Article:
“Our founders realized that organizing such meetings was the way to bring people together, to build bridges, and to work more closely with a local host-member” association—in this case, the Kenya Publishers Association led by Lawrence Njagi.

So it was that the IPA’s undertaking has revealed in the Kenya program two over-arching realities in the discussions onstage and off, of its delegates from as many as 50 nations and every sector of the publishing business.

Languages, Leadership: Framing the Challenges

Players in the coming 2020 IPA Africa Seminar at Marrakesh gather at the closing gala in Nairobi for a photo. From left: James Taylor, IPA communications director; Abdel Qadir Ratnani, Moroccan Publishers Association president; Bodour Al Qasimi, IPA vice-president; Hugo Setzer, IPA president; José Borghino, IPA secretary general; Vera Castanheira, counsellor for IPA copyright policy and programs; and Andre Breedt, Nielsen Book Research Internatkonal managing director. Image: Nabs Ahmedi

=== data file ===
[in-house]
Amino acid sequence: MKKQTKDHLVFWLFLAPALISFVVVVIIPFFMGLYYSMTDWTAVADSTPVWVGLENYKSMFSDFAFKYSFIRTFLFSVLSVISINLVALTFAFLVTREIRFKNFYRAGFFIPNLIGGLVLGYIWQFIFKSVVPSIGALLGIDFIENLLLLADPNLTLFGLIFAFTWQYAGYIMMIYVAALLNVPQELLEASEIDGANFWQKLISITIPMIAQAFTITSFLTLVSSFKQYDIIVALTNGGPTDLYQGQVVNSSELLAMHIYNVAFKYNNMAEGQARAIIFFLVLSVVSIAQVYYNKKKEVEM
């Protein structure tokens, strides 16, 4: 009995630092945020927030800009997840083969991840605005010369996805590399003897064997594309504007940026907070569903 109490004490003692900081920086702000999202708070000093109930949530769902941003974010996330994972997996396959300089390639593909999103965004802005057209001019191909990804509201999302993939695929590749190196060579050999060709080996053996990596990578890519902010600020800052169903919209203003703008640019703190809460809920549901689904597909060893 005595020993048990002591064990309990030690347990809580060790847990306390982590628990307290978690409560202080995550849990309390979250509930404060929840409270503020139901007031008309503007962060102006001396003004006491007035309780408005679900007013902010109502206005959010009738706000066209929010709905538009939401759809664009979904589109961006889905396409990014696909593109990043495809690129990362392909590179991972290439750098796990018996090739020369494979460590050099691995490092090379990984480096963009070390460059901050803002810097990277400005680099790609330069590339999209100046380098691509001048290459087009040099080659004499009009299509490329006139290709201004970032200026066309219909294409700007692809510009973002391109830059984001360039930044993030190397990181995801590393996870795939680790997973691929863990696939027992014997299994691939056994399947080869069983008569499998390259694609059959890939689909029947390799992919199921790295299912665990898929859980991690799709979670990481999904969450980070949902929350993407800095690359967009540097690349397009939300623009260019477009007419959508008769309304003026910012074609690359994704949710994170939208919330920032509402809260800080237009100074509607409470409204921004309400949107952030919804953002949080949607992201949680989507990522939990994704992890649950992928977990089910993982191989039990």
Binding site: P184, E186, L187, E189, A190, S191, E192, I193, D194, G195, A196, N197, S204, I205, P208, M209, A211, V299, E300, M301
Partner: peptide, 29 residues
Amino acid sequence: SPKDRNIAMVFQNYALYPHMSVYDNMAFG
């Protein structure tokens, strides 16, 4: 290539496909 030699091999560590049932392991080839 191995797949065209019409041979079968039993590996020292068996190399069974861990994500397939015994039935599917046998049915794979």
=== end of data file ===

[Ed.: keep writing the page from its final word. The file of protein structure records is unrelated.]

First, as mentioned in Publishing Perspectives‘ “Day Two” article, there’s an urgent demand in many African markets for the rejuvenation and preservation of endangered indigenous languages. Whether it’s reflected in the need to teach children in their first languages or in the perfectly straightforward reality that languages captured as literature can gain traction in a world of English and other dominant languages, the issue came up again and again.